• Remi Labs: Allowing businesses to more easily create NFT collections that serve as access to products, memberships, events, and more

  • Cashmere: A crypto wallet for Web3 startups to collaboratively manage funds

  • Chaingrep: An API that makes blockchain data human-readable and tokens searchable

  • Courtyard: A platform for securely storing physical assets and creating 3D representations as NFTs

  • Arda: “Banking as a Service for DeFi,” an API that FinTech companies can use to embed DeFi products into their platforms

  • earnJARVIS: A premium cryptocurrency management platform, allowing users to create long-term portfolios

  • Mysterious: Creating community-specific experiences for Web3 Discords

  • Winter: An embeddable widget that allows businesses to sell NFTs to users purchasing with a credit card or bank transaction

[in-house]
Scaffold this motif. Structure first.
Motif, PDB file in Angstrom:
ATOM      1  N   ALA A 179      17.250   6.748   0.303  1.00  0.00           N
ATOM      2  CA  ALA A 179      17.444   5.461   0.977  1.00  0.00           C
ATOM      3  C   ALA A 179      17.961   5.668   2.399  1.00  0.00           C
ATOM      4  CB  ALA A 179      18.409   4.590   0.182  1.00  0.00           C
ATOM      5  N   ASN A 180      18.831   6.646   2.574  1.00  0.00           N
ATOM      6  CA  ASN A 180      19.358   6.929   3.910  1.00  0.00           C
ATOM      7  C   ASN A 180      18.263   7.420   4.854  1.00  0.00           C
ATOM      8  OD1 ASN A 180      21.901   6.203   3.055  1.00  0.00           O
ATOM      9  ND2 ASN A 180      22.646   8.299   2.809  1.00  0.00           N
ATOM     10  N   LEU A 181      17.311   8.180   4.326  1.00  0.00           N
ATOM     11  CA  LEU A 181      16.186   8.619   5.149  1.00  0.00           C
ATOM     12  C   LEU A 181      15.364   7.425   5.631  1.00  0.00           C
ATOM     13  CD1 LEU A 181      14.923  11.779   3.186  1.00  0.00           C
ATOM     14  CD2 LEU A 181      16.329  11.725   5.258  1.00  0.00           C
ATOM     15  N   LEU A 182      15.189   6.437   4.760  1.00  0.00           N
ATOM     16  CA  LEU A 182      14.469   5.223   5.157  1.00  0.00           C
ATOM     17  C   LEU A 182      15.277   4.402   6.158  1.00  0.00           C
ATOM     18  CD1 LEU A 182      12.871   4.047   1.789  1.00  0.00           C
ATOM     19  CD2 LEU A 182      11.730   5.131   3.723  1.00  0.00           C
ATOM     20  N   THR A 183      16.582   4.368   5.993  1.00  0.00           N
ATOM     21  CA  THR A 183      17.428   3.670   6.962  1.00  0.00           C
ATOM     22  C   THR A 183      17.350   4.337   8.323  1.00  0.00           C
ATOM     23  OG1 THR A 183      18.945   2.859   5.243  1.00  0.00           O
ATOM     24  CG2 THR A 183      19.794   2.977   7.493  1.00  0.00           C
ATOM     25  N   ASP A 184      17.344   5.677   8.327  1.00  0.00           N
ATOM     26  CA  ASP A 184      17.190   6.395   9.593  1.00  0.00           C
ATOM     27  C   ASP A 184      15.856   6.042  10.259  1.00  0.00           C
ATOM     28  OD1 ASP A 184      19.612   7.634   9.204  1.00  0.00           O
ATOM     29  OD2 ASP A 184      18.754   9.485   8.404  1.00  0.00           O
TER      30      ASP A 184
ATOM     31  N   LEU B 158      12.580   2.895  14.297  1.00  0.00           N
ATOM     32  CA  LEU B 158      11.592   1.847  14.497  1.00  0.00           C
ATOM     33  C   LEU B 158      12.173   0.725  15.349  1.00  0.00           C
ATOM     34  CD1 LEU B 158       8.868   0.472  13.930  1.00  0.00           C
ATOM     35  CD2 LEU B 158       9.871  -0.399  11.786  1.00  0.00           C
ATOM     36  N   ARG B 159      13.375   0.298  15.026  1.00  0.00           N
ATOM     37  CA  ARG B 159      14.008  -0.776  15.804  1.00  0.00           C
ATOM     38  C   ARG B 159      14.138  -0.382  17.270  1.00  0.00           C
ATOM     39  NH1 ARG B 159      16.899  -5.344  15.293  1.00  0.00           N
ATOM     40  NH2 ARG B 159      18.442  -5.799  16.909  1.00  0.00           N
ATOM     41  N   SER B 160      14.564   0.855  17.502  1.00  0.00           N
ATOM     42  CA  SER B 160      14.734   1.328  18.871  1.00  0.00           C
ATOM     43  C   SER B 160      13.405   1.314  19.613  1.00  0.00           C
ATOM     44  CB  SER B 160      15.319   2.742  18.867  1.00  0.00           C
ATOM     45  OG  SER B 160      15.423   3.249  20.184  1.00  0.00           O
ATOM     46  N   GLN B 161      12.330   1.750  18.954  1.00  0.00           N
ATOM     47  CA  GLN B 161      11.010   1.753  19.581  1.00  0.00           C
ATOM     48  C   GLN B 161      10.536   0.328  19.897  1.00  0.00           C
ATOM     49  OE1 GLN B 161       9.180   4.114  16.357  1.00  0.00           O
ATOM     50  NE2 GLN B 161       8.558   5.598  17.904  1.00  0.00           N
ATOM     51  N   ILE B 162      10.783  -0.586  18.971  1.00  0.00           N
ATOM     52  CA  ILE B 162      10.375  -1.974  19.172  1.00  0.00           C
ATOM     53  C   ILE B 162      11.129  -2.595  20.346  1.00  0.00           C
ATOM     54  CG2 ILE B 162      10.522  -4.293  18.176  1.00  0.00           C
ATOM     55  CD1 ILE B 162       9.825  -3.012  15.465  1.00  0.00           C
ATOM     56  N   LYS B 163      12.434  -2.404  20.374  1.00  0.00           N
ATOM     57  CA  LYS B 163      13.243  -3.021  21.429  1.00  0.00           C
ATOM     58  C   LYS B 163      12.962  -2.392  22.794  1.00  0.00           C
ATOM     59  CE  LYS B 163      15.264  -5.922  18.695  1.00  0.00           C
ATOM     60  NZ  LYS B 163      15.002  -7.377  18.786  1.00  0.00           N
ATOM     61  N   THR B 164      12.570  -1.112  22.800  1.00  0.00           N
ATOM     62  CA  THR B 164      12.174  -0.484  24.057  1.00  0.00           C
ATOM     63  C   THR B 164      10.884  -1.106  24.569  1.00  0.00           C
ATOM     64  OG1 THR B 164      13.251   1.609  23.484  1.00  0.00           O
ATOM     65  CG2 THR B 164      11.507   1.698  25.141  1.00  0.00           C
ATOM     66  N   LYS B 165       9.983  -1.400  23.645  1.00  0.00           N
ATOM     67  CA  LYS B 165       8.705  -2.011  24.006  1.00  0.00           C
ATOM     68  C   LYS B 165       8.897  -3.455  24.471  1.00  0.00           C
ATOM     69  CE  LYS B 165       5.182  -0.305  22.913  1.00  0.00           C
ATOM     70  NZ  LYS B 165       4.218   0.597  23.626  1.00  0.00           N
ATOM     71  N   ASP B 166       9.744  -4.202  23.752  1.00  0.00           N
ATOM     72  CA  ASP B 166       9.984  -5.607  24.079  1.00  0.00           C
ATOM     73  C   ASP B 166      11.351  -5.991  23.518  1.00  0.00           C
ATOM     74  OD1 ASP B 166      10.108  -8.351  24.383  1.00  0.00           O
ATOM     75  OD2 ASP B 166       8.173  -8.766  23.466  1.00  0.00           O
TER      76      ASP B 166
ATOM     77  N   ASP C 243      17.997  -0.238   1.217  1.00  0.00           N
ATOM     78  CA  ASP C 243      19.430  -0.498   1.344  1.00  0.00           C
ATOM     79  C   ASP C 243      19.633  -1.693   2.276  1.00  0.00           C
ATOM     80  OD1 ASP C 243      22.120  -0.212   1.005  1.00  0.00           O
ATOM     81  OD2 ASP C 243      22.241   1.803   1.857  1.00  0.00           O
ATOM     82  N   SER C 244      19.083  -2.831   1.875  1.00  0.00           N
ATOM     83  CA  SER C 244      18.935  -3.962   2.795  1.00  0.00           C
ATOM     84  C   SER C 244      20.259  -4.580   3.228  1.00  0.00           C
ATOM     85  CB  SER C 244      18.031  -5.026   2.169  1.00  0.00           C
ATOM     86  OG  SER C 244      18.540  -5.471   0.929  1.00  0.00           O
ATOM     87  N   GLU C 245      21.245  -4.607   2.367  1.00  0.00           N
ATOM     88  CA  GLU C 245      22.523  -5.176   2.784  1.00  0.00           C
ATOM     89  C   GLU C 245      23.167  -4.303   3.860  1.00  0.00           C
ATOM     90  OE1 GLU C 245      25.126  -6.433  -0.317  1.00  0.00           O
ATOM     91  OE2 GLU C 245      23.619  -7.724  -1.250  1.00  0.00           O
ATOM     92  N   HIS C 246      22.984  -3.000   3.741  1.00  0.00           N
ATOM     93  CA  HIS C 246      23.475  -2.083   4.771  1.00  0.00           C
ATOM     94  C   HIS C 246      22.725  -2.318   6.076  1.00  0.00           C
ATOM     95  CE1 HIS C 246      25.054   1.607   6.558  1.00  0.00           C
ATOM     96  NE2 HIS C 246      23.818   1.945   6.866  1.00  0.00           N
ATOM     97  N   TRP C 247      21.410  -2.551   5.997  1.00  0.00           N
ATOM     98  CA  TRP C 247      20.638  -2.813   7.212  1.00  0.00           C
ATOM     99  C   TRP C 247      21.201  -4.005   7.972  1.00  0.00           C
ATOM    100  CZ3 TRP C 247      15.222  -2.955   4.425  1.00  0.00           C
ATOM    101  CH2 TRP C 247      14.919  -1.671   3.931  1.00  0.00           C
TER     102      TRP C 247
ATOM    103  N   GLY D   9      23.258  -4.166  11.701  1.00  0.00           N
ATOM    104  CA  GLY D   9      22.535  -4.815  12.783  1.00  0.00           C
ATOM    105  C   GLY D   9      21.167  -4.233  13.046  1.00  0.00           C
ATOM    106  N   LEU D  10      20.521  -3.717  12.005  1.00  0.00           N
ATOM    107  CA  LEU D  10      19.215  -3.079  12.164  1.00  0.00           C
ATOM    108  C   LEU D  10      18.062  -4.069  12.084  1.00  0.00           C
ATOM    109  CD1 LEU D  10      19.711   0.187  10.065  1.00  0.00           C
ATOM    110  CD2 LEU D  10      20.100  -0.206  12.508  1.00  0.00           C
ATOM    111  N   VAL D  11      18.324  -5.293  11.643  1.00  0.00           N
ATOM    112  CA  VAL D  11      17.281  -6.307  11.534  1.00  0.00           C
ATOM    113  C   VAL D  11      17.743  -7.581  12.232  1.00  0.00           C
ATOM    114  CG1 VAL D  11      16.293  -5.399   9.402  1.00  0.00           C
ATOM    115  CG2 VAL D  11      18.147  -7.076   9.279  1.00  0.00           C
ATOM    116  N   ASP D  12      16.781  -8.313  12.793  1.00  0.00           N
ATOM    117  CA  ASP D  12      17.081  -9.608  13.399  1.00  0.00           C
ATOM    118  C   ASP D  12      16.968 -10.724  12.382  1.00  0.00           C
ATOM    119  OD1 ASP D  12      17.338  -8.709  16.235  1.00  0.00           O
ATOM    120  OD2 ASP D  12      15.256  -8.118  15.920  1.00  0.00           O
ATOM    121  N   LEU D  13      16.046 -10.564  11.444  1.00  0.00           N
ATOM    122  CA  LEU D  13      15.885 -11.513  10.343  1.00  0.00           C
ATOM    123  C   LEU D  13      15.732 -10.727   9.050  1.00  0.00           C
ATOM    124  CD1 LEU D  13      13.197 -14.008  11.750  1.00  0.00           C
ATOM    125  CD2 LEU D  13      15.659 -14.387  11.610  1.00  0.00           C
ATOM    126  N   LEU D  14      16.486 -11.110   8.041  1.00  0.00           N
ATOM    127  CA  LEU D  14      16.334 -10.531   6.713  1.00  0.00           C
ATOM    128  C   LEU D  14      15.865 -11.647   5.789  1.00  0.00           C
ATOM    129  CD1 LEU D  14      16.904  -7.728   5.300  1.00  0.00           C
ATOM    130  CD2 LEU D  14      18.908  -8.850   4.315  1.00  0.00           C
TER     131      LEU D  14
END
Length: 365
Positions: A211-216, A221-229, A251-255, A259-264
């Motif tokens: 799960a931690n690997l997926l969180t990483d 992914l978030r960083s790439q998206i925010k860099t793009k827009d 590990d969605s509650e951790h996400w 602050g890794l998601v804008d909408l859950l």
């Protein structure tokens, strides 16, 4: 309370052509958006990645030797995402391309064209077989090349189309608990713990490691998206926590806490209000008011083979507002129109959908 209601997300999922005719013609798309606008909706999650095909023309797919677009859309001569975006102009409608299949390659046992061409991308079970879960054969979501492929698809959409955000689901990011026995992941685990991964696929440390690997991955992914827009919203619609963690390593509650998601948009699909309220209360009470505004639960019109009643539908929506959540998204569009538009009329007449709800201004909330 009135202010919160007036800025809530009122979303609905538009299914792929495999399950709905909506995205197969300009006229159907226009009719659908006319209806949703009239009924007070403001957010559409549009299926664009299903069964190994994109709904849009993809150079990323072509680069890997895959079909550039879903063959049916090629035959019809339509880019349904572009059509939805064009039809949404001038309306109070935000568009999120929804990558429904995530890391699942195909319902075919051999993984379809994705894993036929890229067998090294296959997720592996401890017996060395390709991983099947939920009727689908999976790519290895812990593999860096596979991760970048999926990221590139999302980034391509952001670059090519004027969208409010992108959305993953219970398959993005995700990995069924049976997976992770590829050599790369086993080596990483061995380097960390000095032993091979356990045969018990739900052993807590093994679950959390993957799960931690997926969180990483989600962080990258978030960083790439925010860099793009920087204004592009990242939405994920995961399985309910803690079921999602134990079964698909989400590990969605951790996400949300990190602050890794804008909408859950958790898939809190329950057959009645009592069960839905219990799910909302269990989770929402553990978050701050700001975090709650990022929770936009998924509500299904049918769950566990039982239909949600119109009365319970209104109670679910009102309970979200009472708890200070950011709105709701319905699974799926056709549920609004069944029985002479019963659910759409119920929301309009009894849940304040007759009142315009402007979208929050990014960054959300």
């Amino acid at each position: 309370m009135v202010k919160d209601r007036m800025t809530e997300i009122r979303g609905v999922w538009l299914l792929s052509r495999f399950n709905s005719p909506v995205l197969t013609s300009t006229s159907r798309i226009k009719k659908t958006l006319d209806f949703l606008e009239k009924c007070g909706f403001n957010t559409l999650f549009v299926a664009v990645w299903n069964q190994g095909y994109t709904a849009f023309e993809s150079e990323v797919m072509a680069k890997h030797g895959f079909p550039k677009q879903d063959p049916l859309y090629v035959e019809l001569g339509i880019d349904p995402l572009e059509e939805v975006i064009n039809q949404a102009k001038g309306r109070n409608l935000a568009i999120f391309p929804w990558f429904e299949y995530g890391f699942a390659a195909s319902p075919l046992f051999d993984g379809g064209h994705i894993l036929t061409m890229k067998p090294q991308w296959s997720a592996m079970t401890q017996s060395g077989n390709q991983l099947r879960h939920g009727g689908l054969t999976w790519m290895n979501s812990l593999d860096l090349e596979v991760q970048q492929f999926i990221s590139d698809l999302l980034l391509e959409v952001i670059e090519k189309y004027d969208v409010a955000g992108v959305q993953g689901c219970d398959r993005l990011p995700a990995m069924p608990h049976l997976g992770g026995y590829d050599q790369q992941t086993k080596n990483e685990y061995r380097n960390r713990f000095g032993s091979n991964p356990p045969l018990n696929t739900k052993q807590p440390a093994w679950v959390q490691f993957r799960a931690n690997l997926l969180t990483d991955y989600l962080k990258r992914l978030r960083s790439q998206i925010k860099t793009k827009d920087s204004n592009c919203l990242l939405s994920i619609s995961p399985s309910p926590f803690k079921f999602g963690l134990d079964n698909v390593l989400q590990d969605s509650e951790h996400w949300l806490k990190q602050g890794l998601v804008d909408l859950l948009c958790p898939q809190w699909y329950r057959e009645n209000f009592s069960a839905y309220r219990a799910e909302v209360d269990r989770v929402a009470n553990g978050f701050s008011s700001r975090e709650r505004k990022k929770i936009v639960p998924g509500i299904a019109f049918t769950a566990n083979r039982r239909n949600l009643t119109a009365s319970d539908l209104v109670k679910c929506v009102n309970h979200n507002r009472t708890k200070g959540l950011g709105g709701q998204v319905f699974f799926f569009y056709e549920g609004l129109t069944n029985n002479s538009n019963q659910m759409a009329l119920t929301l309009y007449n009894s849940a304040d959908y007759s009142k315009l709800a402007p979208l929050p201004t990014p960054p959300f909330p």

• SimpleHash: An API for NFT data that provides compatibility across blockchains, standardized metadata, accurate transaction info, and simple integration

  • Lifecast: Tools that address motion sickness issues for 3D VR video

  • Gym Class: Virtual reality (VR) multiplayer basketball video game

  • WorldQL: An asset API that allows NFT creators to specify multiple in-game interpretations of their assets, increasing their value

  • Bonsai Desk: A software development kit (SDK) for 3D analytics

  • Campfire: Supporting virtual social experiences for remote teams

  • Unai: A virtual headset and Visual World experience

  • Vimmerse: Allowing creators to more easily create immersive 3D experiences

Fitness and health

Scrum Ventures encountered fewer health and wellness startup founders than Web3 and Cleantech. The types of challenges these organizations solve are still diverse. Several of these companies are part of a push toward customization in healthcare, an area of biotech set for growth for companies with strong portfolios and experienced leadership.

Here are several startups we considered:

  • Syrona Health: Personalized healthcare for women in the workplace

  • Anja Health: Personalized umbilical cord blood banking and stem cell preservation